It’s been a year since President Trump announced his intention to pull the United States out of the Paris Agreement, and far from halting U.S. climate action, there’s plenty of evidence that businesses, states and cities are pushing even harder.
The rapid rise of We are Still In and America’s Pledge, efforts to grow and quantify climate action in the wake of the announcement, is well documented. But the success we’re seeing has exceeded anyone’s expectations.
Power sector emissions continue to fall, while the nation’s clean energy economy is booming. In the past year, more than half the capacity from utility-scale generation installed in 2017 came from renewables. Now a report from former Energy Secretary Ernie Moniz shows the energy efficiency field is growing at twice the national average, and the solar industry employs more than twice as many people as coal.
We’ve even seen bipartisan progress in Washington. A budget deal passed this year includes the expansion of a key tax credit for carbon capture technology, ensuring continued investment in a key component for decarbonizing our economy. The budget legislation also included key incentives for renewables, advanced zero-emitting nuclear, and included a more than $1.5 billion increase in scientific and energy research funding.
Expanding the tax credit was the culmination of years of work by the Carbon Capture Coalition, co-convened by C2ES and the Great Plains Institute. This broad coalition of business, labor, and environmental groups works to accelerate commercial deployment of carbon capture technologies. Now the coalition is working with senators on a plan for more research into the good use of carbon dioxide once it’s captured.
On the state level, leaders are working to deliver zero-carbon energy. New Jersey Gov. Phil Murphy set an example for other states to follow when he signed legislation committing New Jersey to obtaining 50 percent of its electricity from renewables by 2050. The legislative package also helps to preserve the state’s nuclear plants with financial credit for the carbon-free energy they produce, about 40 percent of the state’s electricity. That’s in line with recommendations from our latest report, Solutions for Maintaining the Existing Nuclear Fleet. Together, these actions have placed New Jersey on a path to get up to 90 percent of its electricity from zero-emitting sources by encouraging renewable energy and nuclear power to cooperate.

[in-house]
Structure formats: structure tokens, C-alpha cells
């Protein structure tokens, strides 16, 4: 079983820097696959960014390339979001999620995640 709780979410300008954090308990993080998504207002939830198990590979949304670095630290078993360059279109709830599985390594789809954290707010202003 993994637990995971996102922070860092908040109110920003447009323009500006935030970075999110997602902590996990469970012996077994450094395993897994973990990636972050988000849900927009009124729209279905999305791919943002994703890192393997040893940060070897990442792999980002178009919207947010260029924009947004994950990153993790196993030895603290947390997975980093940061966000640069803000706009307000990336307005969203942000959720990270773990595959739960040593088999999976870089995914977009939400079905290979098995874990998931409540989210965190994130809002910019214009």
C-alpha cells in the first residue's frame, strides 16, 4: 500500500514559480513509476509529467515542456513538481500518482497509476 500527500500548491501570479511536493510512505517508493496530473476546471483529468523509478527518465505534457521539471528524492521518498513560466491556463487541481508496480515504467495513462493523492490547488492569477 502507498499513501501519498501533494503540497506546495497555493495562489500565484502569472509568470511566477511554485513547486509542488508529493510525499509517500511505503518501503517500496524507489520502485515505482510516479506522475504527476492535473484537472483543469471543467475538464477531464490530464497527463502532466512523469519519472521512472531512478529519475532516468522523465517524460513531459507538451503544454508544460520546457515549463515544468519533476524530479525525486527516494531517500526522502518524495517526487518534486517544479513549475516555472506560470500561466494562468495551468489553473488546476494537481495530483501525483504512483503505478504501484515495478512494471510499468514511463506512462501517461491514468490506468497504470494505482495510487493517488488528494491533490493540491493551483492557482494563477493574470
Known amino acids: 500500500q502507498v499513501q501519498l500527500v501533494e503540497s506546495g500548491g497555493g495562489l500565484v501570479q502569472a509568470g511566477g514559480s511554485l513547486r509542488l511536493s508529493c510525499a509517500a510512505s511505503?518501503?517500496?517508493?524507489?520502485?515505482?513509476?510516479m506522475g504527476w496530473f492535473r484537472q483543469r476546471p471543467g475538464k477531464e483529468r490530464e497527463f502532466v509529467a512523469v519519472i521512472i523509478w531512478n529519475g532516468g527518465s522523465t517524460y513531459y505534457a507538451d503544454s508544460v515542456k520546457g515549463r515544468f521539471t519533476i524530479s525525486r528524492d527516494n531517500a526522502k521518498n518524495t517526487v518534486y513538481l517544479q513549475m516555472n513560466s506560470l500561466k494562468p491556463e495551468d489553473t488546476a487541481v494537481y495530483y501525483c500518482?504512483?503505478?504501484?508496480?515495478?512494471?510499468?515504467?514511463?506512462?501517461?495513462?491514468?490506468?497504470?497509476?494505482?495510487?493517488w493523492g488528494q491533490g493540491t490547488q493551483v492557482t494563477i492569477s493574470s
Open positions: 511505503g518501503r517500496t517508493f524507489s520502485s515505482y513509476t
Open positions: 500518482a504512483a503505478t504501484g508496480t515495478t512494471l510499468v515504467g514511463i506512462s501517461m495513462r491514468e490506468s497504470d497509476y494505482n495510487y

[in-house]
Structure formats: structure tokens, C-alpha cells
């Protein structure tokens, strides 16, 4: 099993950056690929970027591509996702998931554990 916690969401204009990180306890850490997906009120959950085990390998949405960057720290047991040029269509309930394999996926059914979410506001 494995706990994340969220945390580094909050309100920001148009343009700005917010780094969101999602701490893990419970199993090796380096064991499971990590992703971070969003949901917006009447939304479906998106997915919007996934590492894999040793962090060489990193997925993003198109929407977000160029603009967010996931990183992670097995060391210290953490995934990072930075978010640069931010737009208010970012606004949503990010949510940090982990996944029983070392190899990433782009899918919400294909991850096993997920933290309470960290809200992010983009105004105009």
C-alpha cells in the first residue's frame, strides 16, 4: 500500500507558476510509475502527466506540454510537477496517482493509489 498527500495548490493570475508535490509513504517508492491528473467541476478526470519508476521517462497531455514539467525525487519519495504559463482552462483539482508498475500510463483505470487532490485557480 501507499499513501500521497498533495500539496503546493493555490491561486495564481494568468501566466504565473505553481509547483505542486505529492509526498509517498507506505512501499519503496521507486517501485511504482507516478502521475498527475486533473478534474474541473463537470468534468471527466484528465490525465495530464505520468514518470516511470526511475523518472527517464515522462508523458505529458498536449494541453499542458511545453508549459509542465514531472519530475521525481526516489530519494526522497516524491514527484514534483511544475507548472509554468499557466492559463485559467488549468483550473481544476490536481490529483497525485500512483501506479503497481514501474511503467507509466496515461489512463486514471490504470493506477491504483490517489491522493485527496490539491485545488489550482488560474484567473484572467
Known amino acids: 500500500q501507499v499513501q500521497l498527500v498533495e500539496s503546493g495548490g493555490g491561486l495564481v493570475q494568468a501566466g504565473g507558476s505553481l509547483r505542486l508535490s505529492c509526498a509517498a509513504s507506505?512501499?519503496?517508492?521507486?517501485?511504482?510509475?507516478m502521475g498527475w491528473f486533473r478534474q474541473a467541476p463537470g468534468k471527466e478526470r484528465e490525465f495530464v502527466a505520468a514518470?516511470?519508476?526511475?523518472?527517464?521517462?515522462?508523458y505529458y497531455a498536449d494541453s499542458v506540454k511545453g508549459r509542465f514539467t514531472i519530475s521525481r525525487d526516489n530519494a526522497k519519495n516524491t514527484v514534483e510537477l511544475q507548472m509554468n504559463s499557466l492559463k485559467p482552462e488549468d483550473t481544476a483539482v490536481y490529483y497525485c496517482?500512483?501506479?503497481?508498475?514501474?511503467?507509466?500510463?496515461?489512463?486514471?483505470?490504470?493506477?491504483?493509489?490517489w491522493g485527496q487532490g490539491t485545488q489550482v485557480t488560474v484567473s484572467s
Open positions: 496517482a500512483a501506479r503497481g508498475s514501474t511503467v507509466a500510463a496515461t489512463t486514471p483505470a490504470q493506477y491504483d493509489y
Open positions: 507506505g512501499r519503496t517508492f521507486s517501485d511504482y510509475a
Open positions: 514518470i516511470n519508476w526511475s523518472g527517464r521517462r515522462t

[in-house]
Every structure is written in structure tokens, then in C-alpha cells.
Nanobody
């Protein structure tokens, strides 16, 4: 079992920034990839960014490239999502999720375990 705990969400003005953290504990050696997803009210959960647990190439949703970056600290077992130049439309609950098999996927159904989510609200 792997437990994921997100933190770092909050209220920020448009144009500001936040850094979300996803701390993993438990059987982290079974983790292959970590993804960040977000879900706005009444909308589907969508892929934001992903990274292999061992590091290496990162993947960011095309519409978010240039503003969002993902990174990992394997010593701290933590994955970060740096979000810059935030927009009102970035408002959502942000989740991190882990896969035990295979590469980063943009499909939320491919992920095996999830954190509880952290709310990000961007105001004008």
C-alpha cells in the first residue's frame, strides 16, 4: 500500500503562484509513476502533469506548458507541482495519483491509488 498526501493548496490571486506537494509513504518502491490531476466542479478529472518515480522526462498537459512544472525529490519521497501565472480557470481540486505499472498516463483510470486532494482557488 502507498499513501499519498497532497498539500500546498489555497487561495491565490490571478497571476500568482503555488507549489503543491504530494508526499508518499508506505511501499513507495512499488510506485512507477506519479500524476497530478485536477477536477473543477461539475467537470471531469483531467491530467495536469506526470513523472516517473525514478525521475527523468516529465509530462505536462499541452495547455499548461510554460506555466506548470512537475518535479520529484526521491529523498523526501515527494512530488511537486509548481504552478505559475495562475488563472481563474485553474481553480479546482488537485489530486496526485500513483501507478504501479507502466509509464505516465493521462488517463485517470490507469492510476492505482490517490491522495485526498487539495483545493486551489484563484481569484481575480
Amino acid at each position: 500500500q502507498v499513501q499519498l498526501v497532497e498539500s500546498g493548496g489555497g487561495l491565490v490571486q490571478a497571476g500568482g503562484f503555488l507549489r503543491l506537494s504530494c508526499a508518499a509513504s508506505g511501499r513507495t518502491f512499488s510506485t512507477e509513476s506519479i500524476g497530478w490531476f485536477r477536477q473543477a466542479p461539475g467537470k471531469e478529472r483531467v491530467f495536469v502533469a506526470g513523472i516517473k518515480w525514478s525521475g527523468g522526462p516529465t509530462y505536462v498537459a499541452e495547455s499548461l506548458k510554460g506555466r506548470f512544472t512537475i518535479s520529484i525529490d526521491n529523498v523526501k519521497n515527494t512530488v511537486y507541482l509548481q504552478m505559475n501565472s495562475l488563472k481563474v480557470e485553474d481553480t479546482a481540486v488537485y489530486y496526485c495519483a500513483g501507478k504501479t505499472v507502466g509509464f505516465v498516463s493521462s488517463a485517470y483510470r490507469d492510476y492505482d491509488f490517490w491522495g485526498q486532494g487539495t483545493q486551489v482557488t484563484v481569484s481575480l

In Washington state, Gov. Jay Inslee continues to push for a price on carbon, and in Alaska, a key energy-producing state where climate impacts are hitting hardest, officials are working on the state’s first climate action plan.
From the business sector, we’ve seen dozens of examples of concrete, difference-making action. In March, L’Oreal pledged carbon neutrality, and Visa pledged 100 percent renewable energy use at the Climate Leadership conference in Denver. The conference also cheered an agreement between the city of Denver and Excel Energy Colorado to help the city achieve its energy and emissions goals.
These actions don’t come at the expense of the corporate bottom line, either. Individual Leadership Award winner Gerry Anderson, CEO of DTE Energy, told the conference his plans to decommission the company’s aging coal fleet, generate 50% clean energy by 2030, and reduce greenhouse gas emissions 80 percent by 2050 are rooted in sound business principles.
In the months since, there has been even more solid action. One of our Business Environmental Leadership Council members, Apple, announced that it now runs on 100 percent green energy. Apple also is teaming up with another BELC member, Alcoa ,to develop a new process for smelting aluminum with no direct greenhouse gas emissions.
Collaborative leadership by local governments is surging, with cities like Asheville, N.C. and Salt Lake City forming partnerships with utilities to improve energy efficiency and promote clean energy. These programs and efforts are now offering lessons for other cities across the country.
However, there is clearly still more work to do. The latest figures show April 2018 was the third-warmest April on record, evidence that a changing climate is still increasing the chances of extreme weather events, as evidenced in the past week.
Building resilience is key. Nowhere is this more evident than in Ellicott City, Md., which is reeling from its second 1,000-year flood in 22 months, the result of changing rainfall frequencies, topography and urbanization. It’s also essential in the Southeastern United States, where the first named storm of 2018 came a week before the official start of the Atlantic hurricane season, causing heavy rain and flooding.
In Puerto Rico, a new study attributes thousands of deaths to the power outage and public health conditions last year in the aftermath of Hurricane Maria, and out west, states are preparing for what could be another destructive wildfire season.
Lessening the impact of disasters like these is just the tip of the iceberg when it comes to the economic impact of climate action. A study published last week in the journal Nature shows that by limiting warming to 1.5 degrees Celsius, the world can save up to $20 trillion in avoided damages.
The progress we’ve seen in the past year and the appetite for even more is truly amazing. C2ES is more committed than ever to working with businesses, states and cities to find solutions that will not only decarbonize our economy, but help it grow and prosper.